Who makes the design decisions? (Fictional architect Howard Roark altering his modern design at the request of his clients. Image from The Fountainhead, 1949)

Perhaps this is the difference, along with the pesky need for functionality, between an applied artist such as a designer or architect and a fine artist: the presence of a client or employer and – depending on how you view it – the limitations or opportunities in the accompanying constraints.

McSwiggen’s deflating of designers’ roles was picked up on by Cameron Tonkinwise who, until the summer was head of a program I teach in at Parsons (he’s now moved on to Carnegie Mellon and is missed here). He tweeted: “every idiot who leapt on then off the #designthinking bandwagon needs to read this.”

(I think Cameron’s digital outbursts of indignation are great and sorely needed, but when they are forced into Twitter’s length limitations they sometimes trend toward incomprehensibility in a language that I once called “websperanto.”)

McSwiggen goes on to write that the things we possess are an integral part of our cultural class definitions:

Without physical stuff to remind us of how we supposedly differ from one another, our hierarchies would be awfully ramshackle; stripped of our possessions, categories like “class” start to look like just a bunch of learned behaviors and confused ideas. Whether prohibitively priced cars, gendered garments, or separate schools for blacks and whites, social hierarchies are always maintained with the help of physical objects and spaces designed to reflect those hierarchies. Otherwise everyone’s claims of superiority and difference would be quite literally immaterial.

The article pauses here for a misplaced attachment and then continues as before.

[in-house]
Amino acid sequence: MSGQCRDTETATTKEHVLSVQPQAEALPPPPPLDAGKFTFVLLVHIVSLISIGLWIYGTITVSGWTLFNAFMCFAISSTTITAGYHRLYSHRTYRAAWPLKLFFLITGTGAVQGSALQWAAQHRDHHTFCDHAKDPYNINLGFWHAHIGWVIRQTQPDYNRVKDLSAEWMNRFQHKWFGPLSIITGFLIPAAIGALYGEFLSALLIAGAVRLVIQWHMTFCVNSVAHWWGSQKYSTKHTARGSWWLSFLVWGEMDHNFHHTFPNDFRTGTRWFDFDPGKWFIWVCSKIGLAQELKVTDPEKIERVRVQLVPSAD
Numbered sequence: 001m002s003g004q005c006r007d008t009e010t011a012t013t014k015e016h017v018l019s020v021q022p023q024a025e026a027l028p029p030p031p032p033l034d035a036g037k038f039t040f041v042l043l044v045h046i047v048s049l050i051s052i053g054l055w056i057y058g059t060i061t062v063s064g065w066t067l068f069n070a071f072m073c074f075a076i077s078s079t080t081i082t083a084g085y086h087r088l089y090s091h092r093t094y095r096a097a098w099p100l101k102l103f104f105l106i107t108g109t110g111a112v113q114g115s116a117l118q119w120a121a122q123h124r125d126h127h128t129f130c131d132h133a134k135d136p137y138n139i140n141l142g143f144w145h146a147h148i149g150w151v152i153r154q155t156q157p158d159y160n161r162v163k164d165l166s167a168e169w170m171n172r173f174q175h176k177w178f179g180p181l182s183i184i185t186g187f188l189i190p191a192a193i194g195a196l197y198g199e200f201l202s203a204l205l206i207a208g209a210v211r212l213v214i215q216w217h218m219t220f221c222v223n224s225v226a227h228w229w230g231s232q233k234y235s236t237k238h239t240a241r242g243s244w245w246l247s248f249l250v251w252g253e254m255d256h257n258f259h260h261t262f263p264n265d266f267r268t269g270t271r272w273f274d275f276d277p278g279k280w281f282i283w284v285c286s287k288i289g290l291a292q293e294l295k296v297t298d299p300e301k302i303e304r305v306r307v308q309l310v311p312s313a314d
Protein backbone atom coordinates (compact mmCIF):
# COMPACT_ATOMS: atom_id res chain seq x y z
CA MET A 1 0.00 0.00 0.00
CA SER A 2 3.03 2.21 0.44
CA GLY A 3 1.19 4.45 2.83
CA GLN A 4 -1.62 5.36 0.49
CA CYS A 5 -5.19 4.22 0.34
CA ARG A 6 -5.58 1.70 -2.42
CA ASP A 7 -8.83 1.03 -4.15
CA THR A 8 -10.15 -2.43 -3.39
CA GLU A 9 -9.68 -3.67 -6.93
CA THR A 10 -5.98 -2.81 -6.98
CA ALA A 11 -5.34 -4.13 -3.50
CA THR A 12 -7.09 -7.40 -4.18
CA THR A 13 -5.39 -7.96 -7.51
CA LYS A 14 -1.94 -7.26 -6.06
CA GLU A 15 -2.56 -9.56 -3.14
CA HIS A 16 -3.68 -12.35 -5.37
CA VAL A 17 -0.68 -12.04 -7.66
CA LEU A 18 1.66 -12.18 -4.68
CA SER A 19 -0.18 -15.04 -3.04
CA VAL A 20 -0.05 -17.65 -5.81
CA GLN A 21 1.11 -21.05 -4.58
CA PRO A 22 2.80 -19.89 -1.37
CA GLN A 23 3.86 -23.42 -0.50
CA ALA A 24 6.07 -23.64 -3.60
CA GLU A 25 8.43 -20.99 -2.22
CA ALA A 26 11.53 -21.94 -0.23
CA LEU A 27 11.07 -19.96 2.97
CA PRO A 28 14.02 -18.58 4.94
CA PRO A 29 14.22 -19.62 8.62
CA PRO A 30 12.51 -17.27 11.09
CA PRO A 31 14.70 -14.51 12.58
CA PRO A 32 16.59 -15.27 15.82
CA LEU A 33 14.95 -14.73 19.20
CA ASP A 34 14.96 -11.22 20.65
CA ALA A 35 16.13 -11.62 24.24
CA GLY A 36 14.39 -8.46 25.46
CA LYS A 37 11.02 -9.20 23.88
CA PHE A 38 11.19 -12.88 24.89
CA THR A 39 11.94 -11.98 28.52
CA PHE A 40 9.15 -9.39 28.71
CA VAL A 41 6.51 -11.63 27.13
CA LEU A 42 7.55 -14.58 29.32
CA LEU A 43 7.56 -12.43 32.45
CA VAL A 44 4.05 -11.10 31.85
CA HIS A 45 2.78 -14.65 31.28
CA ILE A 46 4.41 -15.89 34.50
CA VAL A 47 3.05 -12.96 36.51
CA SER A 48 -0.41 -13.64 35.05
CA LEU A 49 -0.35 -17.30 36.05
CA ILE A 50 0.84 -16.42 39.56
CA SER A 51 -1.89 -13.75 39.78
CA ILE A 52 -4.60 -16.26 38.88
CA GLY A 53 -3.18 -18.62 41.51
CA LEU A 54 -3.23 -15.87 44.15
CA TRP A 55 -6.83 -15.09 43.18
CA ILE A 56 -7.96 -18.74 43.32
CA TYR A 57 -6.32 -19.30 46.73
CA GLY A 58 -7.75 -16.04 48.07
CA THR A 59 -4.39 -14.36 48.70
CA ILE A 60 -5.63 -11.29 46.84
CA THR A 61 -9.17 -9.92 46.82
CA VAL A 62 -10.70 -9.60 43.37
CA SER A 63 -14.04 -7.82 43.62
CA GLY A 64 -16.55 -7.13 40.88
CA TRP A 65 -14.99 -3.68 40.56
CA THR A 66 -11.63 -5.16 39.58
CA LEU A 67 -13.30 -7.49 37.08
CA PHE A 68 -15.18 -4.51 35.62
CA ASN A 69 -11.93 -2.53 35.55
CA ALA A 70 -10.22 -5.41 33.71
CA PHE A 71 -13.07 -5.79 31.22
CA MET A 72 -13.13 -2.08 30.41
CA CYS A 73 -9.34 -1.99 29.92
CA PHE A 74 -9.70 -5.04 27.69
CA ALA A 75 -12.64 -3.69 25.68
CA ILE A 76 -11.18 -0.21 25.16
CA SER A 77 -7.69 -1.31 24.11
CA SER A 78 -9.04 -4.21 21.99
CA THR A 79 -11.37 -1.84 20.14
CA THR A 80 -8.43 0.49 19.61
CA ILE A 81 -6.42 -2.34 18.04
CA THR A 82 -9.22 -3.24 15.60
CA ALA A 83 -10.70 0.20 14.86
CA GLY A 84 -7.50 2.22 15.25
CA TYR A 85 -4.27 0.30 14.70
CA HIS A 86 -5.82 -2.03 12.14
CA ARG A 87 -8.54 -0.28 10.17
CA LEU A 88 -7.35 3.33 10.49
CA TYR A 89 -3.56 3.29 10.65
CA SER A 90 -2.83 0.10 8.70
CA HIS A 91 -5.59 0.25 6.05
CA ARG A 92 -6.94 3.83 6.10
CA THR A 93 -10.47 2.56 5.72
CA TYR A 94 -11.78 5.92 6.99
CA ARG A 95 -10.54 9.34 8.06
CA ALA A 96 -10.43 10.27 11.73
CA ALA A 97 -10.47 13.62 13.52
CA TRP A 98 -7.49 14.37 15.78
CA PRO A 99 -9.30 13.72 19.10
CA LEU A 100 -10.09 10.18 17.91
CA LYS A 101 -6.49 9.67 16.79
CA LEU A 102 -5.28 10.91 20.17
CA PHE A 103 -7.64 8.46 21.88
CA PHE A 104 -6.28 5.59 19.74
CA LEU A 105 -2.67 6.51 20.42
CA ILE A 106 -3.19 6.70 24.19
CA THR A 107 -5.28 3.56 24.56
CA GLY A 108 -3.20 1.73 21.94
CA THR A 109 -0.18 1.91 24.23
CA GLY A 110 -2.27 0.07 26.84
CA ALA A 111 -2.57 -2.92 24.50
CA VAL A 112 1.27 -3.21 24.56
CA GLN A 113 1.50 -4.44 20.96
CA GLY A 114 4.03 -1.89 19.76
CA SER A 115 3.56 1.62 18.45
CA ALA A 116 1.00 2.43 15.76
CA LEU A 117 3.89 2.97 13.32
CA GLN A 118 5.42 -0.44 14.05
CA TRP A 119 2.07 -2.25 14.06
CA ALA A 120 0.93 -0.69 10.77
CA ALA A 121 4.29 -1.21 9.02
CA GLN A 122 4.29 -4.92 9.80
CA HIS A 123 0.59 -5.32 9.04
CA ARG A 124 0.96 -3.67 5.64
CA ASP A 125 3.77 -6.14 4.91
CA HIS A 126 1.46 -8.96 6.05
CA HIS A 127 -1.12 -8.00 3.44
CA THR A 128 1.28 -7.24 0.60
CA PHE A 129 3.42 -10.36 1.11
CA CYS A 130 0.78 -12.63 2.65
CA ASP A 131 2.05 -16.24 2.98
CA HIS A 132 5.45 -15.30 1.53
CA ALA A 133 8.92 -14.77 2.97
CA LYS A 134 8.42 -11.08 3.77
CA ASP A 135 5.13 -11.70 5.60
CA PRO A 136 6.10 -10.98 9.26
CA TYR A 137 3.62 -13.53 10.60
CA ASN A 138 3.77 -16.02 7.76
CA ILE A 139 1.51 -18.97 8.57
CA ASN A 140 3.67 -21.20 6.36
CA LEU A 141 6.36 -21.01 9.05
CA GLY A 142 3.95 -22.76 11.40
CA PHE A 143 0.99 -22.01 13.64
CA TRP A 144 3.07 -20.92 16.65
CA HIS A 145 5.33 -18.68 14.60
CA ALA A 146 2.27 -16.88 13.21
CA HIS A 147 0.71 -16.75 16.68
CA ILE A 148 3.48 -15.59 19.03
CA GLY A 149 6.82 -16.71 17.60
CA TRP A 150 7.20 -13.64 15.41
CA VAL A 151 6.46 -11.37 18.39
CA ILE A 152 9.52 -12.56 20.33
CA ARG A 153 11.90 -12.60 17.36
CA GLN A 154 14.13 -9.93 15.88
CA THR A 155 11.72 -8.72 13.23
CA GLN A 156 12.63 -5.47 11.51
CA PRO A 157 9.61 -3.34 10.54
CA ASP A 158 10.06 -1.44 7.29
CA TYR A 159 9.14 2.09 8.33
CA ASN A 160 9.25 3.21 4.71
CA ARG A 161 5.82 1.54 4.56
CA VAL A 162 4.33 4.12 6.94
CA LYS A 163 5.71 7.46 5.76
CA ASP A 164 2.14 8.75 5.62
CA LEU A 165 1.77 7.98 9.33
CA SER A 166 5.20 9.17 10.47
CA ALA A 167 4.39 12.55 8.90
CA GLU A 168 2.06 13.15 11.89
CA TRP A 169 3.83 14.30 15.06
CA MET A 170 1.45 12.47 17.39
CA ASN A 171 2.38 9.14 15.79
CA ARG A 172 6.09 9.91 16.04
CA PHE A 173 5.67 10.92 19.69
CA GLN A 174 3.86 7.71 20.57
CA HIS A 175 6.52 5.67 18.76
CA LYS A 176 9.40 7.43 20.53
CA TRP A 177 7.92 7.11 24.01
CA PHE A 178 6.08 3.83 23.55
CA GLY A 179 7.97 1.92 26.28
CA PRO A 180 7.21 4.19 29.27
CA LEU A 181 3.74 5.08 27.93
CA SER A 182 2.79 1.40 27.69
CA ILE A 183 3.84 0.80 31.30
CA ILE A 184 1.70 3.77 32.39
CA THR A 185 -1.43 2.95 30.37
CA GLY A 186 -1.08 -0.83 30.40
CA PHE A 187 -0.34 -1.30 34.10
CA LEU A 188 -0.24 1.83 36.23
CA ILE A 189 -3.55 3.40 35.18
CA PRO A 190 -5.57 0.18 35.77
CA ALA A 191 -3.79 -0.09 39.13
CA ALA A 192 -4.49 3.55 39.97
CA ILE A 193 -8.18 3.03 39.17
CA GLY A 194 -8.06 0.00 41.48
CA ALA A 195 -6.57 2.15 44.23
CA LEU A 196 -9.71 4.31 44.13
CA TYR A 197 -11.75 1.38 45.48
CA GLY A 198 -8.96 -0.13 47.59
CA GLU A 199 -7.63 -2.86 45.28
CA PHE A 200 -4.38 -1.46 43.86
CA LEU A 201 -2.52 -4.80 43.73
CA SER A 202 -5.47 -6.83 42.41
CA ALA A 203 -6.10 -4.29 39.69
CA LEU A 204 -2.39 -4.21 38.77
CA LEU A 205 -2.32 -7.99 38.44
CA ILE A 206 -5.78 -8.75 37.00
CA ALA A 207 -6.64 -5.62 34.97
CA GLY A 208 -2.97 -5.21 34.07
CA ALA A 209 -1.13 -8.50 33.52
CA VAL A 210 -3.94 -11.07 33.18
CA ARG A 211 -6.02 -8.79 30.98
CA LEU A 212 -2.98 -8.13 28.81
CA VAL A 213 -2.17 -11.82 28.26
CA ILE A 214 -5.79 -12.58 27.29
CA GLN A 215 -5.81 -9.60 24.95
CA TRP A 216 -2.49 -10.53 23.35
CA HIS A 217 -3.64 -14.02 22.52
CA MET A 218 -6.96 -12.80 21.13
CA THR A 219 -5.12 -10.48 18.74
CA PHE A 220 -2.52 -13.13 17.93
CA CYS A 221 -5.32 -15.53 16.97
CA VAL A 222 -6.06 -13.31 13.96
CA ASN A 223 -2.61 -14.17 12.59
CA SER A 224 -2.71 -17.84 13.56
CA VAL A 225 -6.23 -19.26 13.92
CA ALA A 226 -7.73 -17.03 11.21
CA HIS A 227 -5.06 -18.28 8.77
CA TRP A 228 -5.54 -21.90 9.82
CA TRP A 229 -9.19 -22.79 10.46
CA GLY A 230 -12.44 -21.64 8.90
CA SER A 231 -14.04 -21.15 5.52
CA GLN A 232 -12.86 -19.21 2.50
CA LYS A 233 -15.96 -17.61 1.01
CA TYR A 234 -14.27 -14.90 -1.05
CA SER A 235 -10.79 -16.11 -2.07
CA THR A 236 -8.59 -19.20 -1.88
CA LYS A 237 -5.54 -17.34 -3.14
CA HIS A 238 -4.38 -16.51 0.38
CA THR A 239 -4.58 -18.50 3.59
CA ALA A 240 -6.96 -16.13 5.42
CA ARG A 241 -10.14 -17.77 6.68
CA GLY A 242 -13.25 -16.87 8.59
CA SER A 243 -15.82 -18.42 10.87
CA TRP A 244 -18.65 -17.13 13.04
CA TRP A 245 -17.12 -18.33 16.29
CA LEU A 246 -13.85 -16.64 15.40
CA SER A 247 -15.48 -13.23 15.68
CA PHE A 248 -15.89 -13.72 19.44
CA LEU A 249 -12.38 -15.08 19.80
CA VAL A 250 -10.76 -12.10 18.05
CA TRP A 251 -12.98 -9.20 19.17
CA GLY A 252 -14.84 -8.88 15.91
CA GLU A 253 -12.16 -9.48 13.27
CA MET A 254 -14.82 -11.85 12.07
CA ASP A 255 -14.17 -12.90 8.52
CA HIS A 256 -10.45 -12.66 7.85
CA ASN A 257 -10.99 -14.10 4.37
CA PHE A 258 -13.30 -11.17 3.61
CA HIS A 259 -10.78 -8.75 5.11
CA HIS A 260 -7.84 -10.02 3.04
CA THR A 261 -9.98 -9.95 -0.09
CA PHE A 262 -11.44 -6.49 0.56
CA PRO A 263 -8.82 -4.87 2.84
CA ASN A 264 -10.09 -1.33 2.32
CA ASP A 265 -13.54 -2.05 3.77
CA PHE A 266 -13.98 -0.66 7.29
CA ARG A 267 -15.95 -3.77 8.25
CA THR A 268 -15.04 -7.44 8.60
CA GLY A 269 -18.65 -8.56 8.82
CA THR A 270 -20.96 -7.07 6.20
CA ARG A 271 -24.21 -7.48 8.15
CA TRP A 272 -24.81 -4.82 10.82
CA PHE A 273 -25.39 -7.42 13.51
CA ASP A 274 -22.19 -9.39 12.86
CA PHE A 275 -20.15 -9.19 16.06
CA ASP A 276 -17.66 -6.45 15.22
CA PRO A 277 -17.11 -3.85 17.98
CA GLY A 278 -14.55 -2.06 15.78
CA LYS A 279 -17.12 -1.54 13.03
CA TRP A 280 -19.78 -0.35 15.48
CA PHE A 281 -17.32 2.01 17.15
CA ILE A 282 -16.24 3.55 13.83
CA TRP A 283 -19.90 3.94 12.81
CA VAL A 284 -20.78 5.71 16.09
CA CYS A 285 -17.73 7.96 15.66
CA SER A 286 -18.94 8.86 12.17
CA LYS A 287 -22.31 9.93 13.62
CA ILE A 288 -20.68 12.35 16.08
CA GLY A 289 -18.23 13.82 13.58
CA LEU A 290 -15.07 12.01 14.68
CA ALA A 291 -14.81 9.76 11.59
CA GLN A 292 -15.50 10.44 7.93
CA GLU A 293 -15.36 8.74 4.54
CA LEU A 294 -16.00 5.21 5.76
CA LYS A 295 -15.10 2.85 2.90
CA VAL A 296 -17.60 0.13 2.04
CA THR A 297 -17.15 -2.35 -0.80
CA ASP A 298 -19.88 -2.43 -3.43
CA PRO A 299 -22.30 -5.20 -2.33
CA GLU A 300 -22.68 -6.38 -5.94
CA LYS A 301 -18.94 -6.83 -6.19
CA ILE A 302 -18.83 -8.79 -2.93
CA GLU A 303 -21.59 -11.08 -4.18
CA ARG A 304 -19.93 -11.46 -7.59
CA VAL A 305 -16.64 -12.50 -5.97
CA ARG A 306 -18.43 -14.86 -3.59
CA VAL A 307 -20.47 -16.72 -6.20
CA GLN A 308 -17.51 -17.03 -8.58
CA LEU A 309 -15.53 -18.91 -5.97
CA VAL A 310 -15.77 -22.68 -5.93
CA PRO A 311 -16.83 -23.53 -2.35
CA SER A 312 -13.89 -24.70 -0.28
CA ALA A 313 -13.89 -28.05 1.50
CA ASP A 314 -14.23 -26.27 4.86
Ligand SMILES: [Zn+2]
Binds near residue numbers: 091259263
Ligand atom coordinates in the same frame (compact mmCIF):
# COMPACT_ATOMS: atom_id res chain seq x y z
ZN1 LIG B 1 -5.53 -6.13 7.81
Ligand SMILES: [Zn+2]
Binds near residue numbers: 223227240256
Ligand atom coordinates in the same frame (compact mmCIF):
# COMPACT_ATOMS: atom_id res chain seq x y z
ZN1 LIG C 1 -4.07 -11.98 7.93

Cameron’s tweet about McSwiggen’s post in turn prompted Lloyd Alter of Treehugger.com (you with me still?) to post “Colin McSwiggen suggests that if [we] really had nothing, nobody would know who we are or what we stand for. Our stuff defines us.”

And therein lays, I think, a contradiction. (Sidenote: so long as I’m complimenting folks here, Lloyd is my singularly favorite eco-blogger, managing to post a range of incredibly relevant topics with a neat balance of acerbic insight and criticism. My opinion, of course, is wholly unprompted by his writing a great review of my book.) If physical objects define us, and designers design those objects, then something like the law of transitivity must apply here, resulting in “designers define us.”

But that’s not my real problem. It’s with the “stuff defines us part” and the idea that we become an indistinguishable mass of life without things to differentiate us. Now that’s probably an unfair exaggeration of what McSwiggen means, but even without hyperbole it strikes me as quite a cynical view of humanity. Yes, we live in a highly materialistic world – and that’s a topic very relevant to EcoOptimism — but I think the materialism is more about how we feel about ourselves than how we see others. A large part of materialism involves attempting to sate what we view as needs. Those needs are a result of the things available out there in the world (though perhaps not within reach) creating desire for them. It’s the combination of exposure via advertising and the breakdown of global distances enabled by the Internet, along with that old “keeping up with the Joneses” false sense of self-value.